Somebody says you need to replace your kitchen sink’s P-trap. You immediately think, “What is a P-trap?”
Then, quickly your second thought is, “I have no clue how to replace a P-trap!”
We’re going to tell you everything you need to know about P-traps and how to replace them in this article. You will be so happy to know how easy it is.
What is a P-trap?
P-traps in sink or toilet drains use trapped water to block sewer gases from entering your home. They get their name by resembling a P that has fallen on its side (the looping part of the P faces down). The main part of the P-trap — the area that traps water — has a U shape.
Plumbing traps usually consist of plastic (such as PVC) or metal and come in various shapes and sizes. Here are some of the different types of traps:
Despite having different applications, all traps have the same function. They prevent harmful or foul-smelling gases from coming up through the drain system and into your home.
How Does a P-trap Work?
The P-trap is a one-way drain system. Water flows down through the drain and out, but sewer gas cannot come from the other direction
How does it do this?
Okay, here’s an example. You’ve just run your kitchen faucet. Water is flowing down through the drain, past the P-trap, and out through the trap arm.
When you turn off the flow of water, the force of gravity and the shape of the P-trap will force some of that water to trap at the bottom of the U (also called a ‘dip’).
As a matter of fact, the water trapped in the dip keeps gases (from your sewer system) from coming into your home.
It’s this simple but clever drain system that protects you and your family. So, keeping your P-trap in good health is also good for your health. In addition, water leaks can cause lots of damage to your home, especially the flooring below the drain. More so, water damage (and floor restoration) as you know can be quite expensive.
How to Replace a P-Trap
Thankfully, replacing a P-trap is as simple as understanding how it works. Anyone can handle this as a DIY plumbing project. The replacement process will take about 15 minutes if you prepare properly.
Here’s What You’ll Need:
- Old rag or washcloth
- Adjustable or tongue-and-groove wrench
- P-trap replacement kit
- Turn off water
In most every drain system (whether your kitchen or bathroom sink), there is a water shut-off valve for that specific faucet. It’s located under the sink, against the wall. Simply turn off the water.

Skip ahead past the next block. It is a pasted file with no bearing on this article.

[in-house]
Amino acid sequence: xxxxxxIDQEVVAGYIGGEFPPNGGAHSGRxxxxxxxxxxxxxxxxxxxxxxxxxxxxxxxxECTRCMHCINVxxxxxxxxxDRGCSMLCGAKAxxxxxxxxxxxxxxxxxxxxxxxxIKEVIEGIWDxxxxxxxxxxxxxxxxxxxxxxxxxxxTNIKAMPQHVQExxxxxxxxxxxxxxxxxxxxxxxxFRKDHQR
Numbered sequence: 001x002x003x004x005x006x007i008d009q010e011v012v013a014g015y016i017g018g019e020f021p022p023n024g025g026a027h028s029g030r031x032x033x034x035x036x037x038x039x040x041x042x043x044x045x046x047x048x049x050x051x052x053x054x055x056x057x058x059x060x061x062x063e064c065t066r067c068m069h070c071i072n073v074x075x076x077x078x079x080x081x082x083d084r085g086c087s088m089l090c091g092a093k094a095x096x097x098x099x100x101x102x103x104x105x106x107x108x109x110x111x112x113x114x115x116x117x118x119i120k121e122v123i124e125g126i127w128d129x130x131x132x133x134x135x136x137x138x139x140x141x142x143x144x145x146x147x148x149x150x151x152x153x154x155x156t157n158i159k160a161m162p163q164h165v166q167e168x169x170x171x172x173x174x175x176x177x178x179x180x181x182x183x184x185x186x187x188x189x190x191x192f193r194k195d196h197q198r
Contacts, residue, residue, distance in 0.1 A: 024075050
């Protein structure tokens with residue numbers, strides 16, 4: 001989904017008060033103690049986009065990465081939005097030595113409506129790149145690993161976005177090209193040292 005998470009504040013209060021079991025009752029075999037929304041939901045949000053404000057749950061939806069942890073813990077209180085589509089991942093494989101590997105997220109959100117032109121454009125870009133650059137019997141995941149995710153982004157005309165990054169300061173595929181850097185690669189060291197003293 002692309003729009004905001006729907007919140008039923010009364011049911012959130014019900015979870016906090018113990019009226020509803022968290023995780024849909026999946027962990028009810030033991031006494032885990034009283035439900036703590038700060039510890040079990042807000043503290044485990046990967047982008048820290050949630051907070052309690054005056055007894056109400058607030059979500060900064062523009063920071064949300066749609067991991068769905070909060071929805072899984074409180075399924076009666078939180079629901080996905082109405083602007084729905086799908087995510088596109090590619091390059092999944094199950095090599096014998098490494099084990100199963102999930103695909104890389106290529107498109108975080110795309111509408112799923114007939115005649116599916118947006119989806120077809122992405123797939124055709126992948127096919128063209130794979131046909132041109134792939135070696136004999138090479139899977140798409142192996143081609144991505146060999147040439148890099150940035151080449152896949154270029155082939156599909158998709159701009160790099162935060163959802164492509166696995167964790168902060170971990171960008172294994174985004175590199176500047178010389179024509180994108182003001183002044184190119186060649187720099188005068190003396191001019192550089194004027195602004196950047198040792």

- Place bucket under trap
Take your bucket and place it under the trap. This will catch any water or debris that falls or gets cleaned out of the trap.
- Remove clean-out plug (if you have one)
If your P-trap has a clean-out plug located at the bottom of its U shape, remove it by turning it counterclockwise. The water in your trap will empty into the bucket. When done, you can empty the bucket into your toilet (not the sink!). Skip this step if you don’t have a clean-out plug.
- Remove the P-trap
Using the adjustable pipe wrench, loosen the trap’s two slip nuts by turning them counterclockwise (as viewed from beneath). If you have a P-trap that is exposed to view (before and after the job is done), wrap the slip nuts in a washcloth before using the wrench. This will protect them from being scratched.
- Replace the P-trap
With the new P-trap parts you purchased from your hardware store (we recommend taking the old trap and asking for a similar replacement – do not mix/match different types of pipe materials.
Slide on the old nuts, then slide on the washers (both are included in your replacement kit). Fit the new trap in place and tighten the nuts with your wrench.
- Test for leaks
A plumbing job is never done until it has been successfully tested. Turn the water shutoff valve back on. Now run water into the sink drain and check closely for leaks. If you see a leak, you probably need to tighten the nuts as needed.
Frequently Asked Questions
If you do it yourself, replacing your P-trap should only cost a bit of your time and perhaps $5-$20 (on the low end) for a plastic replacement kit. A metal P-trap will cost between $15-$40. The cost of a P-trap kit is largely affected by quality, size, and material used.
Yes, P-traps are needed in every plumbing fixture to prevent sewer gases from entering your home through your sewer system.
The water in your P-trap has probably evaporated and is no longer blocking sewer gas from coming back into your home. Try pouring one-half gallon of water back into the trap.
No. S-traps are no considered illegal and against plumbing codes. Unless there is a structural reason to use a different type of trap, you should always replace a P-trap with a similar P-trap.
Yes. A vent is required so that the sewer gas can escape the house safely. The vent should always be located after the P-trap, not before it.
There are four common reasons for replacing a P-trap: it is busted or split from age or corrosion; the seals are no longer watertight despite tightening; water has evaporated from the trap; and a new sink installation doesn’t fit the current drain system.
In conclusion, replacing a p-trap isn’t as intimidating as it might seem. Overall, this project is fairly inexpensive and doesn’t take up that much time. More so, anybody can do it. Just follow the step-by-step instructions and you will be set.